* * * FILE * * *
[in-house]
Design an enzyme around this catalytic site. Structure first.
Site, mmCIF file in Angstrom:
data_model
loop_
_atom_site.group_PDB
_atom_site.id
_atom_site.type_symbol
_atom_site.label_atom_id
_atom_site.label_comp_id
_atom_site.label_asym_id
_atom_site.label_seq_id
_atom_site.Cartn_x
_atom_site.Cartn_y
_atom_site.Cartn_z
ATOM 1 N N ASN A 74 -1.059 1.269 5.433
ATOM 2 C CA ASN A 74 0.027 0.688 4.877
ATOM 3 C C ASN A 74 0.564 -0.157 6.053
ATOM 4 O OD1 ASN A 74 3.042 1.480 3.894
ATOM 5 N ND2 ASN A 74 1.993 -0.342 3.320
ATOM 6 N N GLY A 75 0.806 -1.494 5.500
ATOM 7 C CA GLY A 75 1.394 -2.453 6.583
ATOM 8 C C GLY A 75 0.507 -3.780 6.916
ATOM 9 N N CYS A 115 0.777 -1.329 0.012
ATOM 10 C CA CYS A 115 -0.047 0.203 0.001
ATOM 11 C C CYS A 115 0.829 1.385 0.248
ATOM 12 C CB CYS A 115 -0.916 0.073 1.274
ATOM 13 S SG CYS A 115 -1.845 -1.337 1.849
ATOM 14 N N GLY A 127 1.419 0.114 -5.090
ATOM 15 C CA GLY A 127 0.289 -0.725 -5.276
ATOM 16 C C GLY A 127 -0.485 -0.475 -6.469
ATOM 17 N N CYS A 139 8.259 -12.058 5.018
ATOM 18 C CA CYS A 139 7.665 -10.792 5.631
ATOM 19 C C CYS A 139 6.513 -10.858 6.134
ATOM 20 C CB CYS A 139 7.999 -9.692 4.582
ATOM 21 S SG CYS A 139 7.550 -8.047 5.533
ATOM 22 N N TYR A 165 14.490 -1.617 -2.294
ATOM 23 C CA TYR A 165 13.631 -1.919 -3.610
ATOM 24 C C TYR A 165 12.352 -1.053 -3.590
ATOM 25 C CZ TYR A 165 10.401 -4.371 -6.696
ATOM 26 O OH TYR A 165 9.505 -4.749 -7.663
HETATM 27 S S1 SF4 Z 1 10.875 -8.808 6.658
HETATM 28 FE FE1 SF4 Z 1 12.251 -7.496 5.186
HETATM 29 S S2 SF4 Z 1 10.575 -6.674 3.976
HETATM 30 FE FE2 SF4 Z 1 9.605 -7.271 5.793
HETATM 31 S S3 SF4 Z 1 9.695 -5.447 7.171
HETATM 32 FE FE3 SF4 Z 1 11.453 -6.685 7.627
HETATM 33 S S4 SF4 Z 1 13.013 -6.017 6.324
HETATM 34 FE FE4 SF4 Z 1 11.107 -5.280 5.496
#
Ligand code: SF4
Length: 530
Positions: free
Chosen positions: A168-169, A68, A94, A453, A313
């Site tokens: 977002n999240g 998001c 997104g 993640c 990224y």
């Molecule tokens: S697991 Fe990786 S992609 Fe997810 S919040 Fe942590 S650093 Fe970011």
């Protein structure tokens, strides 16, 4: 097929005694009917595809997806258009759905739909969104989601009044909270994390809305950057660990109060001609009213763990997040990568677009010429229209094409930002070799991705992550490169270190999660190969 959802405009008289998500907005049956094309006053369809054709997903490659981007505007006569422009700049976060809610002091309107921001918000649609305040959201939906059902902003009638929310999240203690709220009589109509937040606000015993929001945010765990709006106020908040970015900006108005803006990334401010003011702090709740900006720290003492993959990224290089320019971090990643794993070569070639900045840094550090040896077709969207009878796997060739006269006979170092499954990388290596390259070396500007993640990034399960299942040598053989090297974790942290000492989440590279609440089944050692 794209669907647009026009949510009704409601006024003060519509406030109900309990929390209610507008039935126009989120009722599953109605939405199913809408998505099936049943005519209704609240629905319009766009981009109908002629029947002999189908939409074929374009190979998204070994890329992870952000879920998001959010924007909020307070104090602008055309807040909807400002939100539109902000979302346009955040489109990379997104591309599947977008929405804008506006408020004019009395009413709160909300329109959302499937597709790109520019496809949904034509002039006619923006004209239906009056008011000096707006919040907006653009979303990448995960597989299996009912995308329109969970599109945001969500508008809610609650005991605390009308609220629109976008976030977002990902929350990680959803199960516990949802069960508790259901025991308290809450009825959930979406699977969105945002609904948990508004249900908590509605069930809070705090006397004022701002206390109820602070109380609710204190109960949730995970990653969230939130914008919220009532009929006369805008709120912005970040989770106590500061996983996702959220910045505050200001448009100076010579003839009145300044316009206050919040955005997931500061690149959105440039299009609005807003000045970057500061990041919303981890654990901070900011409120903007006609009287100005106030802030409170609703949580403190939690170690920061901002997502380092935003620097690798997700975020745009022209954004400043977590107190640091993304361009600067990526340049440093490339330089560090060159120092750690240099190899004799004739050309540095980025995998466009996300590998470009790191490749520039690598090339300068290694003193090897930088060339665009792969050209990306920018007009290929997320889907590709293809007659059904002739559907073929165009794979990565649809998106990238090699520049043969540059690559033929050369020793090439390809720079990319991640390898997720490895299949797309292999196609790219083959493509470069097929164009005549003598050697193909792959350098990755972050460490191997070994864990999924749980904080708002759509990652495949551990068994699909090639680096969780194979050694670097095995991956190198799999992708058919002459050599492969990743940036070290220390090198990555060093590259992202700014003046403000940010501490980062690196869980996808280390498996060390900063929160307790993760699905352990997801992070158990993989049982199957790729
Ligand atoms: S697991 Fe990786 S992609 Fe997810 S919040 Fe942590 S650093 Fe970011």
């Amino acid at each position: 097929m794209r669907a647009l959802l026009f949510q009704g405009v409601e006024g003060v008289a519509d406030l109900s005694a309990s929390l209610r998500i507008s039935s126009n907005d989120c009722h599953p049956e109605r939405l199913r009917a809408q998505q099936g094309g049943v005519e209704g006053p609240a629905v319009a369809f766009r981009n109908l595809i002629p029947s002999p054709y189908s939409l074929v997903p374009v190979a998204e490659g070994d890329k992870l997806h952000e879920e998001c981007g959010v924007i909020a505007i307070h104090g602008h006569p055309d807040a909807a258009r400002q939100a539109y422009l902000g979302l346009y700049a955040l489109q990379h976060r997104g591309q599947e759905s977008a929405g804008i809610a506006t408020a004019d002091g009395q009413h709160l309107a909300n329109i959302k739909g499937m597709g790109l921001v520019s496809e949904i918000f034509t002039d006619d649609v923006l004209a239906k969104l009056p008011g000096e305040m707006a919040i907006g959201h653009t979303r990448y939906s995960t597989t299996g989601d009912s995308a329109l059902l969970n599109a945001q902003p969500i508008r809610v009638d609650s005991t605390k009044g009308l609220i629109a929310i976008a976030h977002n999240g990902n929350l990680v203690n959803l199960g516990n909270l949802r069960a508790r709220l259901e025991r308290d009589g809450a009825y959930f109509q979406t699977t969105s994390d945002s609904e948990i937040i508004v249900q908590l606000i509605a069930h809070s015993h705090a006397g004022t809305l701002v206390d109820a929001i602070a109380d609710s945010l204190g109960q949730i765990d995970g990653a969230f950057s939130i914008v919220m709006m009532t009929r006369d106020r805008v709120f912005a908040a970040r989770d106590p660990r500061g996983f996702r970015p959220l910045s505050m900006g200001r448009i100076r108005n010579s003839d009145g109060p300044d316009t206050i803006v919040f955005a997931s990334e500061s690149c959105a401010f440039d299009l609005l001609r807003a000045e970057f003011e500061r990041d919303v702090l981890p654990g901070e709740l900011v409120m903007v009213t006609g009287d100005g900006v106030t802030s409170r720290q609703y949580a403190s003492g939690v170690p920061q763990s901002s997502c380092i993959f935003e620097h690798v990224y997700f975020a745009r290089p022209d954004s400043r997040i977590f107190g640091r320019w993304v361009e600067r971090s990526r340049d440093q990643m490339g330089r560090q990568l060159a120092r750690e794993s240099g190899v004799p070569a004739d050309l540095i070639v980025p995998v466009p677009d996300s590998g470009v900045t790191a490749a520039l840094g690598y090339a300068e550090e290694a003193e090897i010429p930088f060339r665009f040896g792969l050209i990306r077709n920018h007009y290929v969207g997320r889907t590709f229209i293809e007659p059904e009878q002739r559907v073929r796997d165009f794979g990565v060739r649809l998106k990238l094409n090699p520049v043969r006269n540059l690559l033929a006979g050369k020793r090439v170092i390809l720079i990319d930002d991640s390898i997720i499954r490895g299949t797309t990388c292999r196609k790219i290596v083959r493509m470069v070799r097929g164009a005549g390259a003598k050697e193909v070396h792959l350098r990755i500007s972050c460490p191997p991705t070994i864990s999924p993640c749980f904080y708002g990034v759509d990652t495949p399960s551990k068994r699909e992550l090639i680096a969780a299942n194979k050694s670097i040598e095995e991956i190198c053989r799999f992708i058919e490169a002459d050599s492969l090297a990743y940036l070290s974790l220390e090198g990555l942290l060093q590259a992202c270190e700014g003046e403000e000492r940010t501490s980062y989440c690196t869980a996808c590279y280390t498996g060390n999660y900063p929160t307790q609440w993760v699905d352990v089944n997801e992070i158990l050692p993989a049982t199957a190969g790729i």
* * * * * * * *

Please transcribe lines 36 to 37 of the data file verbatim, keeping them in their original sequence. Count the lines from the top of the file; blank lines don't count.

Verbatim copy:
ATOM 21 S SG CYS A 139 7.550 -8.047 5.533
ATOM 22 N N TYR A 165 14.490 -1.617 -2.294